Any other cheap/effective way to halt the rust's progression?
There's some other good posts here for suggestions.

I don't think $150 is too bad at all - I'd probably do it if it were my car (I change my oil - won't go beyond that, let alone anything on the body). When I say cosmetic I meant expensive panel replacement & repainting/etc. I would want to stop the problem though as to prevent potential structural issues/leaks/etc further down the line.

2comma
Posts: 1171
Joined: Thu Jul 15, 2010 11:37 pm

Re: The value of car body repairs/upkeep of older cars?

Post by 2comma » Sat Feb 17, 2018 2:09 am

XDark_FenixX wrote:
Fri Feb 16, 2018 6:20 pm
brajalle wrote:
Thu Feb 15, 2018 8:13 am
I have a 19 year old Honda in the midwest that has zero rust. YMMV.

As far as repair, look at the quote cost, but personally I'd probably just skip cosmetic repairs and only try to halt the rust's progression and make sure there's nothing going on with rust underneath. Your car could easily run for another 10+ years, so it seems like a shame to not try to arrest the problem and try to extract the remaining transportation value of the car as long as possible.
Small update - so I got a quote of $150 to get a grind and prime job. Certainly not bad at all. I'm thinking I might just get some rust converter and paint it on the surface to try and stop the rusting. Would that be sufficient or do I absolutely have to sand it down myself to really stop it from rusting?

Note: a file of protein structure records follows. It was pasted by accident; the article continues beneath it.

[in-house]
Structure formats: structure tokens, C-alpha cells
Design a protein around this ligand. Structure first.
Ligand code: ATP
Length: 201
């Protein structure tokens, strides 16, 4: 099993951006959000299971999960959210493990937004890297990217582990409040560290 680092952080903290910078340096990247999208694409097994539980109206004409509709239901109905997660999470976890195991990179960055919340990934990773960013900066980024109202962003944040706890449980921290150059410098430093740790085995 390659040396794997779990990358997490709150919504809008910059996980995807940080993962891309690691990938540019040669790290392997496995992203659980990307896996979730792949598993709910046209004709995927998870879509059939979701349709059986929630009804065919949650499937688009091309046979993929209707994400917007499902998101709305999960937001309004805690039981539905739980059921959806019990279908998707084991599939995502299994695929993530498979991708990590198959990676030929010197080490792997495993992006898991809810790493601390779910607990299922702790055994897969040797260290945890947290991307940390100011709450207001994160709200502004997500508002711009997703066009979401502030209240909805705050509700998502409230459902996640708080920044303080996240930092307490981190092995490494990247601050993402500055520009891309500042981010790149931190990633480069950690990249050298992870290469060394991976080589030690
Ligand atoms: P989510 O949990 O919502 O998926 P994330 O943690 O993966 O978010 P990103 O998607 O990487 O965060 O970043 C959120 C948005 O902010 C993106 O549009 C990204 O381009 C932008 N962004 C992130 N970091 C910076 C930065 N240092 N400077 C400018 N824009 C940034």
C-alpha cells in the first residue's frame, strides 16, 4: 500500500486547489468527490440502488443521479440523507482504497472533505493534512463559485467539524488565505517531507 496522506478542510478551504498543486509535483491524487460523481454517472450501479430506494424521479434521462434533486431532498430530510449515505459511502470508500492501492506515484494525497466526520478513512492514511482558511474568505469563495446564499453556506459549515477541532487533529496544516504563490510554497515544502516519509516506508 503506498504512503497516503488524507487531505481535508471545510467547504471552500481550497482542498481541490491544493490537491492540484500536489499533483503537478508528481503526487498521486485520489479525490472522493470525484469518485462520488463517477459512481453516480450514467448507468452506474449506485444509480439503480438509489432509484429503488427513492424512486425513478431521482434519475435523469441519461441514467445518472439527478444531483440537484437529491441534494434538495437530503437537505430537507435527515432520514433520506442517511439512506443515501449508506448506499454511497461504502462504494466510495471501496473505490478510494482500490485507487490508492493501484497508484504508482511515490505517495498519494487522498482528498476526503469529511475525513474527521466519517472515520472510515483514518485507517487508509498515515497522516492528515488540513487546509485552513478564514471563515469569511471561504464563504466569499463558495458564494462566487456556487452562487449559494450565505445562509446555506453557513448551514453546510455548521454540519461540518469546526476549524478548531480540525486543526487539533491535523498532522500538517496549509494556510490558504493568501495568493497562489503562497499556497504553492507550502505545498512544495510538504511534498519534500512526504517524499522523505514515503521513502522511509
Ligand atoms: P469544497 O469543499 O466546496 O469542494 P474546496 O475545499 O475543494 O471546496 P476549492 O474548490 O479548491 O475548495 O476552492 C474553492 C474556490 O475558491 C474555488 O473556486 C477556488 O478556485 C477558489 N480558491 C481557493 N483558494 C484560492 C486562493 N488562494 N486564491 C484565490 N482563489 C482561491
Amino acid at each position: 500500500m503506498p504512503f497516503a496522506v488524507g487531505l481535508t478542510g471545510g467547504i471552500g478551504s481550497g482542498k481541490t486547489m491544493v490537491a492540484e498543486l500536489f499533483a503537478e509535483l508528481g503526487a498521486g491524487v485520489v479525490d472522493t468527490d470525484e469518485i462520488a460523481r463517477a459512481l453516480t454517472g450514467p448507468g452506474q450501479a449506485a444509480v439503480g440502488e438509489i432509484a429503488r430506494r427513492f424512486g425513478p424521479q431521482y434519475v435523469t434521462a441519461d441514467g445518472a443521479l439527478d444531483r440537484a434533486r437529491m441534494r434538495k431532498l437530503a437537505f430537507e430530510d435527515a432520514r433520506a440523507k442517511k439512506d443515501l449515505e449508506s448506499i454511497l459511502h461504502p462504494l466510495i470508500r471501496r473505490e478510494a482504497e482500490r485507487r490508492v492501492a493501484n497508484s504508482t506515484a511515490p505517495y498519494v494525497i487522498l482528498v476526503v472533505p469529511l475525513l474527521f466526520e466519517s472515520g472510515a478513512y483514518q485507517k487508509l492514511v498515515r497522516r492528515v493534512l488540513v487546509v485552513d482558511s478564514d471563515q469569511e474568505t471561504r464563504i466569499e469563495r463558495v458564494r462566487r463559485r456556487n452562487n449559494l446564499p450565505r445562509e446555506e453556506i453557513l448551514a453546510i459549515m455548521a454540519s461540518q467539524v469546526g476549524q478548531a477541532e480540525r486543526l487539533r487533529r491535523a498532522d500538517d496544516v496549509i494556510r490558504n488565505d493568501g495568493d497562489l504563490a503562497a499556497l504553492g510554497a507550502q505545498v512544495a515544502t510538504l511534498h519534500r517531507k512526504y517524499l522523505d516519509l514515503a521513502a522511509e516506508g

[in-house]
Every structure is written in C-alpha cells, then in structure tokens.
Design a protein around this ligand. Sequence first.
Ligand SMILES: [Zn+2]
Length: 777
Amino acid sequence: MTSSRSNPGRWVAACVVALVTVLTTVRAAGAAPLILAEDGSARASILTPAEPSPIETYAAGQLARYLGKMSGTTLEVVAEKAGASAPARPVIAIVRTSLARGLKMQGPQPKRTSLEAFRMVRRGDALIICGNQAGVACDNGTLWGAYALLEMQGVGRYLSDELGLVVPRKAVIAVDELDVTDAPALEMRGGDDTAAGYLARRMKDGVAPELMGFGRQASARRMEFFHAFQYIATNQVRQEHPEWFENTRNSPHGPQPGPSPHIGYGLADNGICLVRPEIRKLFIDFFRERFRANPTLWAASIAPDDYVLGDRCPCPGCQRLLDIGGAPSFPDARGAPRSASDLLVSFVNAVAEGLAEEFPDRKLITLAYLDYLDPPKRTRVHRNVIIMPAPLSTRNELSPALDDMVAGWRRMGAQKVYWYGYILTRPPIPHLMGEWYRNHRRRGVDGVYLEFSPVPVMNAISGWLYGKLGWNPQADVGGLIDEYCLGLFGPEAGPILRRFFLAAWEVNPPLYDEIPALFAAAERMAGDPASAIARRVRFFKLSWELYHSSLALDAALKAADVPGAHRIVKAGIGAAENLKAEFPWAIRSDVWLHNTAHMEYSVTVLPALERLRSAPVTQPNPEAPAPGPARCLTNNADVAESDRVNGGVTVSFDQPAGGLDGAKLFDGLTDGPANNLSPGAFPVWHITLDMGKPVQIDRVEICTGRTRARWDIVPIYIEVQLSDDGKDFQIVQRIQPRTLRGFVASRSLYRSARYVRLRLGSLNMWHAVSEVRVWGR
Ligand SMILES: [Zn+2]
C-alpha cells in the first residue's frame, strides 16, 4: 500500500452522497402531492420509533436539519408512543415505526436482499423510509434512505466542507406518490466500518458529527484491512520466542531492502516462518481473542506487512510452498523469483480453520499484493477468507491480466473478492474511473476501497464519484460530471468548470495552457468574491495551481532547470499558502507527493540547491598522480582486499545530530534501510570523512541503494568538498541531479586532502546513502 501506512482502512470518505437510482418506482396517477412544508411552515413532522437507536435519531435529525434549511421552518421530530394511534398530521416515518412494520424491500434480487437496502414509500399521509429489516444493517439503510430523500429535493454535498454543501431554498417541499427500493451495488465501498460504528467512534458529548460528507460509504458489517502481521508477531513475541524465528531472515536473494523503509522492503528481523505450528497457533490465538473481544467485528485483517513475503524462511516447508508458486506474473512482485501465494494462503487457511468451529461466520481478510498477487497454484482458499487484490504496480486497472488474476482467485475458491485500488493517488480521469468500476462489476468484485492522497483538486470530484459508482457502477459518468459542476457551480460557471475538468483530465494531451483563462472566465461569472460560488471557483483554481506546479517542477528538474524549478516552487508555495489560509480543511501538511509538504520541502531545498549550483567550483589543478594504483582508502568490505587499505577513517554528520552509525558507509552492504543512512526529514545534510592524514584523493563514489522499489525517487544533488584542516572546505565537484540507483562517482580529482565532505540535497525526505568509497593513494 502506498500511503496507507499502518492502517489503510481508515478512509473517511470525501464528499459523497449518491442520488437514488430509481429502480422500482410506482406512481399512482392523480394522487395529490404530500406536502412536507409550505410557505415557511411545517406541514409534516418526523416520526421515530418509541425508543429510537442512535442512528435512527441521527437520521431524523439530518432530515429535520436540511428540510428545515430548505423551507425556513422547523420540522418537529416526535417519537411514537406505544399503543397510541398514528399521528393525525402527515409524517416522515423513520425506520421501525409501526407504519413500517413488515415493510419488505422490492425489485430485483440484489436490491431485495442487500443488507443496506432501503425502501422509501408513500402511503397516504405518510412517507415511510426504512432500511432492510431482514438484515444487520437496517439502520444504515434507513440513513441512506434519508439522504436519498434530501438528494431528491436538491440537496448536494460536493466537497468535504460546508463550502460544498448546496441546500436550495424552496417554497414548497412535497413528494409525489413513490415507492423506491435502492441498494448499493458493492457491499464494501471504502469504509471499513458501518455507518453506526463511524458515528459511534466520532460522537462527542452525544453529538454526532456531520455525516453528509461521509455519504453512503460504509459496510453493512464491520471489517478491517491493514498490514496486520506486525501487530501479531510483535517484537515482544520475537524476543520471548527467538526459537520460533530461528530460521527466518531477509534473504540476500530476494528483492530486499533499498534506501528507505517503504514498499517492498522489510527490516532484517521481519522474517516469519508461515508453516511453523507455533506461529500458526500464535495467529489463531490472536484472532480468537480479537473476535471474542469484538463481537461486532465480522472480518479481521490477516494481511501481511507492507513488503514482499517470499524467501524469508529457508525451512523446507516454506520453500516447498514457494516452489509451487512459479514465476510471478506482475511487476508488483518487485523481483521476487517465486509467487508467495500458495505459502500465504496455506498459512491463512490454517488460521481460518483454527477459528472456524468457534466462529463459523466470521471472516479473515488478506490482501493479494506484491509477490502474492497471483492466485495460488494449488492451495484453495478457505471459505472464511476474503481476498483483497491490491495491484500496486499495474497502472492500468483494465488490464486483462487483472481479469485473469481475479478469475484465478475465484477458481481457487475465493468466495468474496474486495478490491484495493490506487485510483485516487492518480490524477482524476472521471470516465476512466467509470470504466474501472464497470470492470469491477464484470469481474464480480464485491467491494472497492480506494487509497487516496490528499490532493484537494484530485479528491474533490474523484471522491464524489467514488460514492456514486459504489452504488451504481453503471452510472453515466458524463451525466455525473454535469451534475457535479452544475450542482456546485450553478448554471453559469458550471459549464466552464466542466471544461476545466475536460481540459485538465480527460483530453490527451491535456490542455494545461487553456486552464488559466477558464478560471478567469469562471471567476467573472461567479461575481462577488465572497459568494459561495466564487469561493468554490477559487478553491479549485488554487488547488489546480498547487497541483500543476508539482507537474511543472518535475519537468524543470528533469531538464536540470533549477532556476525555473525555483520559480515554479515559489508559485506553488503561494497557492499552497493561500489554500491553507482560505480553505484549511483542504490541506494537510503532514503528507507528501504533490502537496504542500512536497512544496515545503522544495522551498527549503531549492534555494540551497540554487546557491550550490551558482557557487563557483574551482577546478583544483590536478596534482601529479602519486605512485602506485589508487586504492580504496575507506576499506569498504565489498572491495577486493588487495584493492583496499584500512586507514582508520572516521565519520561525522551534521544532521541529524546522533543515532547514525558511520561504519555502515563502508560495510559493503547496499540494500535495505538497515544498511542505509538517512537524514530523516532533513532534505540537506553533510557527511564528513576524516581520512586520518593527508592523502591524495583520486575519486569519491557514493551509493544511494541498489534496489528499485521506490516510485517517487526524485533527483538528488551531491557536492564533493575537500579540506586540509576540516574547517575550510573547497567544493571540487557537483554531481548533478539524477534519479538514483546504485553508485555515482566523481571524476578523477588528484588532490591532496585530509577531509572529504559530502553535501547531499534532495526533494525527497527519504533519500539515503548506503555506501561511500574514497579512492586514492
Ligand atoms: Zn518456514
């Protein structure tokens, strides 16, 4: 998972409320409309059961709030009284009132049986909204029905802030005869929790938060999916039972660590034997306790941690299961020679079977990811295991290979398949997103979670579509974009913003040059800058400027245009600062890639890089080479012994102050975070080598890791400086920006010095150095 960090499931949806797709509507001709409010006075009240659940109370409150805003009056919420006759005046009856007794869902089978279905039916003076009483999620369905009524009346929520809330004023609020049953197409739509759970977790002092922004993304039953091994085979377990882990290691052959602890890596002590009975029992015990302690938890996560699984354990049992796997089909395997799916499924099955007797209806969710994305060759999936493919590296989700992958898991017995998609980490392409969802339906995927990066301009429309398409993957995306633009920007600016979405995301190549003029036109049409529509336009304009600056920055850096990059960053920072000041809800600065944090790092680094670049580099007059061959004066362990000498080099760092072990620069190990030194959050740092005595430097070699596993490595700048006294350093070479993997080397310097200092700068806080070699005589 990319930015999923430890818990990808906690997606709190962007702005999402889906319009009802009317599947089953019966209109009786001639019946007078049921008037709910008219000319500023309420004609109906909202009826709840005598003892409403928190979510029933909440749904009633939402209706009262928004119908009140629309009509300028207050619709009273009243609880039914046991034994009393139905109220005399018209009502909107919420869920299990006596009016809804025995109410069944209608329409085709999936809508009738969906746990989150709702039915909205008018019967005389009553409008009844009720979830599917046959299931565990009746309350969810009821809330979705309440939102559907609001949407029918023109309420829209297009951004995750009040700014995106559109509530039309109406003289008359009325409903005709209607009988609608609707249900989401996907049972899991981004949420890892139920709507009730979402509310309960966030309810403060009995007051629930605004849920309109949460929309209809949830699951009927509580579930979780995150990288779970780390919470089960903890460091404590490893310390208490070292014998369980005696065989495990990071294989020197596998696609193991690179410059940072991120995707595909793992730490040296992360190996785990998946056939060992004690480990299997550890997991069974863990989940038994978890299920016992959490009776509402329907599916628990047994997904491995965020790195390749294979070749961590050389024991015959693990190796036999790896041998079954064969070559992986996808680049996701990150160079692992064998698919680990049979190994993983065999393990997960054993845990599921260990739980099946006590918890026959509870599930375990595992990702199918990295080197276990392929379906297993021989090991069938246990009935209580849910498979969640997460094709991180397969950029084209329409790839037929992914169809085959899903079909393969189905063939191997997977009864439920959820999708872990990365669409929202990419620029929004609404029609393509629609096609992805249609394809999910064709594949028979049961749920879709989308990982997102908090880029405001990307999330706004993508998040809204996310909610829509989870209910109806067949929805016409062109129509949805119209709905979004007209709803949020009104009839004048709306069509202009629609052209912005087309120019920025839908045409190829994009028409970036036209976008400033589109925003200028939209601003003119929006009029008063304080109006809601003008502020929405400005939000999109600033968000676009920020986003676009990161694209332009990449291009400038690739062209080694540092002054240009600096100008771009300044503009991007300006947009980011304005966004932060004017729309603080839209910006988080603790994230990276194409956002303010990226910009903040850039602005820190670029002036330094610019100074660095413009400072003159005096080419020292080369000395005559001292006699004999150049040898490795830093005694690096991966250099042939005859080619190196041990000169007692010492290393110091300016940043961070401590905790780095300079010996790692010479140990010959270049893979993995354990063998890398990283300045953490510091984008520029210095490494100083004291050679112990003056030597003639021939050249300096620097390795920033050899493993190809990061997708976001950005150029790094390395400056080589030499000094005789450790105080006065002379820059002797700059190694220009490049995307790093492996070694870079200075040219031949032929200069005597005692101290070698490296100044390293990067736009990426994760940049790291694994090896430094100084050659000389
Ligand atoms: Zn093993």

Any other cheap/effective way to halt the rust's progression?
I'm having a hard time visualizing how much rust you have, almost always more than you think. I did a body off restore of an old rusty VW bug and cut out most of the cancer and mig welded in new panels. There were a few spots where it made sense to use a product called POR-15. It actually combines very well with rusty steel and lasts but you'd have to abrade any steel that isn't rusty to get it to stick. It's possible to paint a color over it but it requires special procedures. It is very good for unpainted frames and under bodies. Something you might want to look into to see if it is a good fit.
If I am stupid I will pay.

onourway
Posts: 786
Joined: Thu Dec 08, 2016 3:39 pm

Re: The value of car body repairs/upkeep of older cars?

Post by onourway » Sat Feb 17, 2018 7:06 am

Find the local auto body paint store in town - the place where the professionals get their supplies. Drive the car in and show it to them. If it's something you can mitigate on your own they'll tell you what to use and how to apply it. It won't look as good as if a professional does it, but you might be able to stop the rust. It will probably require a bit of sanding and some special primer.

Nova1967
Posts: 136
Joined: Fri May 27, 2016 3:22 pm

Re: The value of car body repairs/upkeep of older cars?

Post by Nova1967 » Sun Feb 18, 2018 12:48 pm

You must be up north where sodium chloride (Rock Salt) is used to melt the snow. I have cars over 10 years old that look like new. (They are always garaged and I live in FL) I would shop around and get different quotes. A mom and pop shop might give you a good deal, I notice when I get quotes on body work there can be a large variation. I would avoid the franchise body shops like Macao or the high end auto tech body shops since your going to be paying out of pocket. Although the car is 9 years old 63K it has low miles for its age and if preserved could last you several more years.

Post Reply